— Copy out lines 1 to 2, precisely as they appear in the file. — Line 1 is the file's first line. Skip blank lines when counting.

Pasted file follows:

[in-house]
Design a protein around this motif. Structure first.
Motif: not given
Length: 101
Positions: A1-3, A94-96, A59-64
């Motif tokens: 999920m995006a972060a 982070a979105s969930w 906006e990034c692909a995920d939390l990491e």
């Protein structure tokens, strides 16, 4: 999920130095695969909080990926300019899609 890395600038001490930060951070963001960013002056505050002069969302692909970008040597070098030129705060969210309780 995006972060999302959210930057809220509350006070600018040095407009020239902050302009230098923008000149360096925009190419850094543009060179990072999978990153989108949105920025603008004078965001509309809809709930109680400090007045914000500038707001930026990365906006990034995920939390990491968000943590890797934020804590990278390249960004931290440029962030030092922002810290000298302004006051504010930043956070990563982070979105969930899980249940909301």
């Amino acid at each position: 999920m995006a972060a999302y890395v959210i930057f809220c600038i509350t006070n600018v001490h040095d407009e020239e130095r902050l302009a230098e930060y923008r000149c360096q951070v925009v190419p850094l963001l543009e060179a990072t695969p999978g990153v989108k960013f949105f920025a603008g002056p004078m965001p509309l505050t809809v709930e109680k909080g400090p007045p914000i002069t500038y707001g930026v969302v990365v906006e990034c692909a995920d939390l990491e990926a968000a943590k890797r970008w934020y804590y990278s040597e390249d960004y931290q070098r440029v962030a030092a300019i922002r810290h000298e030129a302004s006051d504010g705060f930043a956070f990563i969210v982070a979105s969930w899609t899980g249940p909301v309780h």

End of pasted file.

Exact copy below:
[in-house]
Design a protein around this motif. Structure first.